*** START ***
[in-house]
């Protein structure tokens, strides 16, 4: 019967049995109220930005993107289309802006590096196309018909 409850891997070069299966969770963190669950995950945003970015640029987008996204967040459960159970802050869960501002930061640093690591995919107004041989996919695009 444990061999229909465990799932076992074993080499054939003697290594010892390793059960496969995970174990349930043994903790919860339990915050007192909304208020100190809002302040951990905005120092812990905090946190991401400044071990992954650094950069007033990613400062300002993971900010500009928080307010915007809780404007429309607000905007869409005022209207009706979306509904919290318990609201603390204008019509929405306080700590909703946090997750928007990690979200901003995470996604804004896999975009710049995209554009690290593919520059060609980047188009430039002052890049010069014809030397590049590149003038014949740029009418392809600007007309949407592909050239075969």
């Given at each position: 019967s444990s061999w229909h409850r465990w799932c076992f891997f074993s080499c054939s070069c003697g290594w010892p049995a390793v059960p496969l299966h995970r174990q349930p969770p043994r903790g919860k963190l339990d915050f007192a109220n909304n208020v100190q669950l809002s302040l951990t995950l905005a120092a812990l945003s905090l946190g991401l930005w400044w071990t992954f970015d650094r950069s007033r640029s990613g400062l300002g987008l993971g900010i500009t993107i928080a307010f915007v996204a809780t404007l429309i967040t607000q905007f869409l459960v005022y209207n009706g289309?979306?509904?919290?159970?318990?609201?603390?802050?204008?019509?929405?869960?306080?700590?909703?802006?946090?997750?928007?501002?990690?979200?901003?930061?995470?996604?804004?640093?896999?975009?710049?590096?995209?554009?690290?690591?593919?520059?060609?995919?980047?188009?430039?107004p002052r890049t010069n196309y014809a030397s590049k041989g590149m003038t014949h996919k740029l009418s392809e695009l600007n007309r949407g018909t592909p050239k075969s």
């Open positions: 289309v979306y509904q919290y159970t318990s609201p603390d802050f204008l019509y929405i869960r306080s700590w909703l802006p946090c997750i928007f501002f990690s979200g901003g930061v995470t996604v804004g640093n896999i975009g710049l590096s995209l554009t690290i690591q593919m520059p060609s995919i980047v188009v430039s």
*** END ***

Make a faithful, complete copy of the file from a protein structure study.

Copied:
[in-house]
């Protein structure tokens, strides 16, 4: 019967049995109220930005993107289309802006590096196309018909 409850891997070069299966969770963190669950995950945003970015640029987008996204967040459960159970802050869960501002930061640093690591995919107004041989996919695009 444990061999229909465990799932076992074993080499054939003697290594010892390793059960496969995970174990349930043994903790919860339990915050007192909304208020100190809002302040951990905005120092812990905090946190991401400044071990992954650094950069007033990613400062300002993971900010500009928080307010915007809780404007429309607000905007869409005022209207009706979306509904919290318990609201603390204008019509929405306080700590909703946090997750928007990690979200901003995470996604804004896999975009710049995209554009690290593919520059060609980047188009430039002052890049010069014809030397590049590149003038014949740029009418392809600007007309949407592909050239075969």
């Given at each position: 019967s444990s061999w229909h409850r465990w799932c076992f891997f074993s080499c054939s070069c003697g290594w010892p049995a390793v059960p496969l299966h995970r174990q349930p969770p043994r903790g919860k963190l339990d915050f007192a109220n909304n208020v100190q669950l809002s302040l951990t995950l905005a120092a812990l945003s905090l946190g991401l930005w400044w071990t992954f970015d650094r950069s007033r640029s990613g400062l300002g987008l993971g900010i500009t993107i928080a307010f915007v996204a809780t404007l429309i967040t607000q905007f869409l459960v005022y209207n009706g289309?979306?509904?919290?159970?318990?609201?603390?802050?204008?019509?929405?869960?306080?700590?909703?802006?946090?997750?928007?501002?990690?979200?901003?930061?995470?996604?804004?640093?896999?975009?710049?590096?995209?554009?690290?690591?593919?520059?060609?995919?980047?188009?430039?107004p002052r890049t010069n196309y014809a030397s590049k041989g590149m003038t014949h996919k740029l009418s392809e695009l600007n007309r949407g018909t592909p050239k075969s």
């Open positions: 289309v979306y509904q919290y159970t318990s609201p603390d802050f204008l019509y929405i869960r306080s700590w909703l802006p946090c997750i928007f501002f990690s979200g901003g930061v995470t996604v804004g640093n896999i975009g710049l590096s995209l554009t690290i690591q593919m520059p060609s995919i980047v188009v430039s």